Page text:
The vodka sauce turned out really well, here's how I made it:
You can use this sauce with pasta of your choice. This will make enough for 2 people.
1 tablespoon butter
1 shallot, finely chopped
2 cloves of garlic, finely chopped
1 tablespoon chopped fresh lemon thyme
1 tablespoon chopped fresh basil
1/2 cup heavy cream
1/4 cup vodka
1/2 cup freshly grated parmesan cheese
Melt butter in a heavy large skillet over medium heat. Add garlic and shallots and sauté until very tender and beginning to brown, about 5 minutes. Add herbs and sauté 1 minute. Add vodka and simmer for 2 minutes, then add cream and simmer until sauce thickens slightly, about 4 minutes. Add pasta and half of the parmesan and toss until sauce coats pasta. Top with remaining parmesan.
Different people like different levels of vodka. If you want a stronger vodka taste you can either slighly increase the amount of vodka or add it after the cream. I found the amount I used to be just enough to give a noticeable hint of vodka without becoming overpowering.
Please let me know if you try it, I'm curious what others think. :)
I'm more than happy to spread the word, especially since it seems like he's a genuinely nice bloke. I find his work inspiring and it has recently encouraged me to continue on with my own secret art project.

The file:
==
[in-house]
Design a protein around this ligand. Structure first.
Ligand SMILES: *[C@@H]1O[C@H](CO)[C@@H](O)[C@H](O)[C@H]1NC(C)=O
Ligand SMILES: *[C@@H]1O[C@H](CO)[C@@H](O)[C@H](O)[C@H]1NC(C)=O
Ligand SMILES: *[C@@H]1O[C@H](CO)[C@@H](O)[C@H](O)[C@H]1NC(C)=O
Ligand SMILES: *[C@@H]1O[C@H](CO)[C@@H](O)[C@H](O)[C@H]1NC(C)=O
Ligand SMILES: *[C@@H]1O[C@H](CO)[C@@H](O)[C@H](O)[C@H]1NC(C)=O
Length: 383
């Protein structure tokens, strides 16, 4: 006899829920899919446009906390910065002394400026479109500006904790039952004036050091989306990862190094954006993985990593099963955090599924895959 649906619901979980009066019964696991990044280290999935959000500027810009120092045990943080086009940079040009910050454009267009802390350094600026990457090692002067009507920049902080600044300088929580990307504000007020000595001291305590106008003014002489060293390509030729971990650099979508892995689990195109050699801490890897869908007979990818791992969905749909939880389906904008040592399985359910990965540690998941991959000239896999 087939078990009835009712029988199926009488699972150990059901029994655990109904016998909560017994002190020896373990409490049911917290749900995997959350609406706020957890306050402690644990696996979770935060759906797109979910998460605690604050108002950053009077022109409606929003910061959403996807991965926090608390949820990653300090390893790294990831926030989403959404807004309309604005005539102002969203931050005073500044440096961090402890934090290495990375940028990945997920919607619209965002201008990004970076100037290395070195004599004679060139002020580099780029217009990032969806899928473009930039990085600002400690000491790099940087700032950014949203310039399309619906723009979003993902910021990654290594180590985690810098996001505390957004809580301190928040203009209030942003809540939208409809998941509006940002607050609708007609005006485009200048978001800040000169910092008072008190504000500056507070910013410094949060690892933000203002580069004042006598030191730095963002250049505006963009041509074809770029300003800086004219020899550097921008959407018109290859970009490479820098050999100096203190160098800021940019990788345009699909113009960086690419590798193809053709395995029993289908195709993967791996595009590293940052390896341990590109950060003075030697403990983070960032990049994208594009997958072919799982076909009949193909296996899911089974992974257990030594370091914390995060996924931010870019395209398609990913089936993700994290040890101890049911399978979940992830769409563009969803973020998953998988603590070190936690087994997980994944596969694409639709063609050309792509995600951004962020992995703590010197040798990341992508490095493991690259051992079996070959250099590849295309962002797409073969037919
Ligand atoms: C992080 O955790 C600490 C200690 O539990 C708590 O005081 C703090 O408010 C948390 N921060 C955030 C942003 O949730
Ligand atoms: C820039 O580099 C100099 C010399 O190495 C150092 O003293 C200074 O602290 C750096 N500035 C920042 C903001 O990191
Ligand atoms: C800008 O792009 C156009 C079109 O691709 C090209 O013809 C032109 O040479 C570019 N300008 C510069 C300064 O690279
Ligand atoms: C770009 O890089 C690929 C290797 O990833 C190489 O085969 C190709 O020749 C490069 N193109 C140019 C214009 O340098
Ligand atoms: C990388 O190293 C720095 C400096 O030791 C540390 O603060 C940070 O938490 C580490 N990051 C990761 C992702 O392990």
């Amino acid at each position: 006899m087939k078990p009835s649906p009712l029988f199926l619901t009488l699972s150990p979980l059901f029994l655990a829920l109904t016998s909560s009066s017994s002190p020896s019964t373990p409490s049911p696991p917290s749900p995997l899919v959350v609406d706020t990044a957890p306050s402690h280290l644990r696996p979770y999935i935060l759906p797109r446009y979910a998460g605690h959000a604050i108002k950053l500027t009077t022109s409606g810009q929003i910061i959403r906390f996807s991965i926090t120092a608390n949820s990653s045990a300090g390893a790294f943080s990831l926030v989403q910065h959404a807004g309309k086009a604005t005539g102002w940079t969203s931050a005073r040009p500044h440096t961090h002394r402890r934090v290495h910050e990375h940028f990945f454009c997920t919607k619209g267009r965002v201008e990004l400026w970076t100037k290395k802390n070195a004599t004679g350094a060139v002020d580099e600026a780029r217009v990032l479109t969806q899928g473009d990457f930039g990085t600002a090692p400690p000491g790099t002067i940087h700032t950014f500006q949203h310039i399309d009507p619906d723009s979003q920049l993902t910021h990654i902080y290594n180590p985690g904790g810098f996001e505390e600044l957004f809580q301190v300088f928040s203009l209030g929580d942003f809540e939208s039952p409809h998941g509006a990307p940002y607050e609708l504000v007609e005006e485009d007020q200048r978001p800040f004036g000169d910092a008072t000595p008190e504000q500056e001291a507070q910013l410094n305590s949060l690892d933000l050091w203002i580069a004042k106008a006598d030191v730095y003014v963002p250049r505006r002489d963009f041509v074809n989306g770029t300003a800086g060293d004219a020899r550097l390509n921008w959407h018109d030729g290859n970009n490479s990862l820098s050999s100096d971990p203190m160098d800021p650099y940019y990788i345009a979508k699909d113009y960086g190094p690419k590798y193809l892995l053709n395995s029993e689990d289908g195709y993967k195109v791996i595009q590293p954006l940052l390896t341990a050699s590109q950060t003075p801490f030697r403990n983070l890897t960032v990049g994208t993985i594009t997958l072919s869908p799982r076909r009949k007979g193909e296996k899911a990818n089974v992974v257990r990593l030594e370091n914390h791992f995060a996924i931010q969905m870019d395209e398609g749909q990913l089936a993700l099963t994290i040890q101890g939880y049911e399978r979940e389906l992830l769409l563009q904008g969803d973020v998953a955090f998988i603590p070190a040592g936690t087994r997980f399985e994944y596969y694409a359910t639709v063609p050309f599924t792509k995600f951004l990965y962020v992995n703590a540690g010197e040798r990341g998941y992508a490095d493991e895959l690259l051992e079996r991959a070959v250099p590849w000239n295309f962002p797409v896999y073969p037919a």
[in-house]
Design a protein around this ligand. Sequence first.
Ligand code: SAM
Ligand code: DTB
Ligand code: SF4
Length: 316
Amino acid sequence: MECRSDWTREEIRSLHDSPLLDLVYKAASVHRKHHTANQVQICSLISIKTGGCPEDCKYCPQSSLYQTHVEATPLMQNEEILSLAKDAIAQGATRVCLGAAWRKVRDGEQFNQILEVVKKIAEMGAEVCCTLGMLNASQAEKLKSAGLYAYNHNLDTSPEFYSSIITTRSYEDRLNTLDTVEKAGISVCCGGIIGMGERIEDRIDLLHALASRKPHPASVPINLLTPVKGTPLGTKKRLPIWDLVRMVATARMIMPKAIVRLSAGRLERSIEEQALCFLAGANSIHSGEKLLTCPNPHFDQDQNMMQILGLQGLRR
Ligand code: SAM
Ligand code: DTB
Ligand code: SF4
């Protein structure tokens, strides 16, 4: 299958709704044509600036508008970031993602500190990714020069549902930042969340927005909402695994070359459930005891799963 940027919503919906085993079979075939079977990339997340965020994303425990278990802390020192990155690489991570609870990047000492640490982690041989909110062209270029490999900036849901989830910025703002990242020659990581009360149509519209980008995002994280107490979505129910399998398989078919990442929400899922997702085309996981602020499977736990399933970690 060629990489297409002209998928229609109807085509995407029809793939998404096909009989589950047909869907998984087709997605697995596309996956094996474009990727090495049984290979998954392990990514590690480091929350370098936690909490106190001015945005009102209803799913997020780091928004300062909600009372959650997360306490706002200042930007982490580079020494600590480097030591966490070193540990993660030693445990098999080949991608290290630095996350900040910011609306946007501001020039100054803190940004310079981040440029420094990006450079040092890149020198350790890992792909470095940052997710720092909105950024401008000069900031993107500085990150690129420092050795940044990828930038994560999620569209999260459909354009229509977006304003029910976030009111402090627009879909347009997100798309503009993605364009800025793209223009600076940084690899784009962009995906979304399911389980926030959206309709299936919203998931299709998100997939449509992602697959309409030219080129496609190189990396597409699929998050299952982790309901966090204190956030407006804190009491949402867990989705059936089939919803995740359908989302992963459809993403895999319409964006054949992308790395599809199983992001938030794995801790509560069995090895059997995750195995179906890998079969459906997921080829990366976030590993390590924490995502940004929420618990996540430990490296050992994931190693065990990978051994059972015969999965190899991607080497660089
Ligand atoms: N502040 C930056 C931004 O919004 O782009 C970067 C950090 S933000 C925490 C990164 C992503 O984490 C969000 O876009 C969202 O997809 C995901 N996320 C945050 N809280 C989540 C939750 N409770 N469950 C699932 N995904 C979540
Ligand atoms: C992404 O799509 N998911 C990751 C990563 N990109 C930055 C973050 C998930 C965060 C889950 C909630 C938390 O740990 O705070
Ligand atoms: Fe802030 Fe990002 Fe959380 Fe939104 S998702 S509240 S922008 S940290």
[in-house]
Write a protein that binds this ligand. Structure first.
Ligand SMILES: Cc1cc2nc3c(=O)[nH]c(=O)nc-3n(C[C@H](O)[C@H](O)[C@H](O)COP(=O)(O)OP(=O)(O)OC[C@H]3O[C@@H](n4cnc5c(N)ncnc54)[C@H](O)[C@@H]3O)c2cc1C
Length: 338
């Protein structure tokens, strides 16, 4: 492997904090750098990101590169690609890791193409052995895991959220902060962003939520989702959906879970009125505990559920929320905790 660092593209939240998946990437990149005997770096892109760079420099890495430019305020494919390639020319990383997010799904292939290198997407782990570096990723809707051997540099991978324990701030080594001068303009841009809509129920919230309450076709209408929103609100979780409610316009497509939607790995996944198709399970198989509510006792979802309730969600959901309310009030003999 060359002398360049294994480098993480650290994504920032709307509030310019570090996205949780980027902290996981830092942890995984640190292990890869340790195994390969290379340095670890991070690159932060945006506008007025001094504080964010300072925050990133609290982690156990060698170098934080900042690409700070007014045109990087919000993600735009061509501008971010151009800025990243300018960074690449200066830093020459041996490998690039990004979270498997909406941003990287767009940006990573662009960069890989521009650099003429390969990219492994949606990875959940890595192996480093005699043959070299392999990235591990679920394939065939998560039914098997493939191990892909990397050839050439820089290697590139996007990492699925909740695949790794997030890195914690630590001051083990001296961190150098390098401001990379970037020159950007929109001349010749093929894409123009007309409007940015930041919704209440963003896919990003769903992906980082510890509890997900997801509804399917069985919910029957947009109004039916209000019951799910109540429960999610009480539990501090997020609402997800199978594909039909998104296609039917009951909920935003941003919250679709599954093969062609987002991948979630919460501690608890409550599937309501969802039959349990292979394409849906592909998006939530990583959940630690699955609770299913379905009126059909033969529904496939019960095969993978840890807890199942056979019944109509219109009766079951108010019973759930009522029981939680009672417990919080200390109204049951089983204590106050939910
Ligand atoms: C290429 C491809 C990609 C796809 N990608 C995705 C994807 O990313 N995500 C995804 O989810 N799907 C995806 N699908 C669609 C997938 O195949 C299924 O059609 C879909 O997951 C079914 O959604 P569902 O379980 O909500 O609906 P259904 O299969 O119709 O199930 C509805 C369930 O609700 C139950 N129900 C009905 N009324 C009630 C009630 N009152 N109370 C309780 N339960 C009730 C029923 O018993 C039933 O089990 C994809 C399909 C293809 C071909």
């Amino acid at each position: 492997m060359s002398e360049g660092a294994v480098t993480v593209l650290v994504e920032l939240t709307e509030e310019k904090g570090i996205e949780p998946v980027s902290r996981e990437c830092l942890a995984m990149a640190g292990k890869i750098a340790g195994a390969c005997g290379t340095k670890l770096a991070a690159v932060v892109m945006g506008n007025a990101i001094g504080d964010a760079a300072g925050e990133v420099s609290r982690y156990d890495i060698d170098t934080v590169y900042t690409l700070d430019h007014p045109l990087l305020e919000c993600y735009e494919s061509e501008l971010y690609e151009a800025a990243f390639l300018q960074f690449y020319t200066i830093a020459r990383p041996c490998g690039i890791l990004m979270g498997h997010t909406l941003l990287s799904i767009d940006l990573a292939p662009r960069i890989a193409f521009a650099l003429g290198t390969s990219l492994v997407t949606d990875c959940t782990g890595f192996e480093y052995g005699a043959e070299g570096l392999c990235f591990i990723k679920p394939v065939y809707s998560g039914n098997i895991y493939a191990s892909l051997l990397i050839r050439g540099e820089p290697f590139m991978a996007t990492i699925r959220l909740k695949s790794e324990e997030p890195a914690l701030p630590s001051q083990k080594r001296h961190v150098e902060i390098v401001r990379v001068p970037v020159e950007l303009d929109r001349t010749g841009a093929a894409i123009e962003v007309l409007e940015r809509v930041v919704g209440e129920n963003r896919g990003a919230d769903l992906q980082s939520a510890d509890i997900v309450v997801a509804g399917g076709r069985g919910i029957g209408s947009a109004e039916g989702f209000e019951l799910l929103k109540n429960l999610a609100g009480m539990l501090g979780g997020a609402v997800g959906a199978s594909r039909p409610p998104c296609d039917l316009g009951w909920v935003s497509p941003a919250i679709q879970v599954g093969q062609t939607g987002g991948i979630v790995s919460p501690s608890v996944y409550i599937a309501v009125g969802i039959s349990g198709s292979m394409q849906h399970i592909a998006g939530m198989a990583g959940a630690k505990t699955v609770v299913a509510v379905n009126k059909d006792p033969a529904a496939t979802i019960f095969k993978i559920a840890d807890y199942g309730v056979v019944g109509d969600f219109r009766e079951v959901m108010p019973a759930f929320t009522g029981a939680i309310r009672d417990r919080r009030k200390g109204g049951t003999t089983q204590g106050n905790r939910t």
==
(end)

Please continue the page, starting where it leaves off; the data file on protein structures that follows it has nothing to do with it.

I'd love clothes with Banksy prints on them, but unfortunately that completely goes against his anti-capitalism stance. ;)
>but unfortunately that completely goes against his anti-capitalism stance<
Perhaps he could market the clothing, then encourage people to shoplift them from stores instead of paying for them. I think Abbie Hoffman pioneered the concept with his book Steal This Book. ;-)
Or perhaps he could make stencil templates which you can download, print, cut out and spray through. We're trying to pioneer similar kinds of thing with our magazine FAD - the last issue contained a CD cover for "The Mechanics of Destruction" by Radioboy - the idea being that you download the MP3s off his site and burn them onto a CD yourself.
Sounds like food was the food of love. I've gotta try that vodka sauce. And I have to put in a regular order with your Italian deli - you don't get much in the way of decent food in this part of the country (although we also have an Italian deli near us now, but I doubt I could get all of that for a tenner in there - in fact, last time I went I just bought the gorgonzola, and that cost me £5)
I like your new specs. I'm waiting for some new glasses to arrive myself - ordered them a week ago, should be here soon - I hope I get them in time for my trip to Antwerp on Thursday (Guy's 45th birthday). I got some contact lenses at the same time (daily disposables) - first time I've worn 'em in 15 years, they are a lot more comfortable than back then, but still don't mix very well with hayfever.
It was funny reading about your local shop - last night, Gill and I were looking at hotels to visit in a couple of weeks time (we got a free weekend break by registering on this site). We were quite tempted by the Lovelady Shield Country Hotel's claim to offer excellent food, but then I found this review which almost totally put me off. But I checked further, and it seems from this review that the other guy had got completely the wrong end of the stick, mistaking the hotel owner's dry sense of humour for rudeness. Anyway, when I read of your contrasting experiences with your local shopkeeper I thought of that, and how easy it is to misjudge people.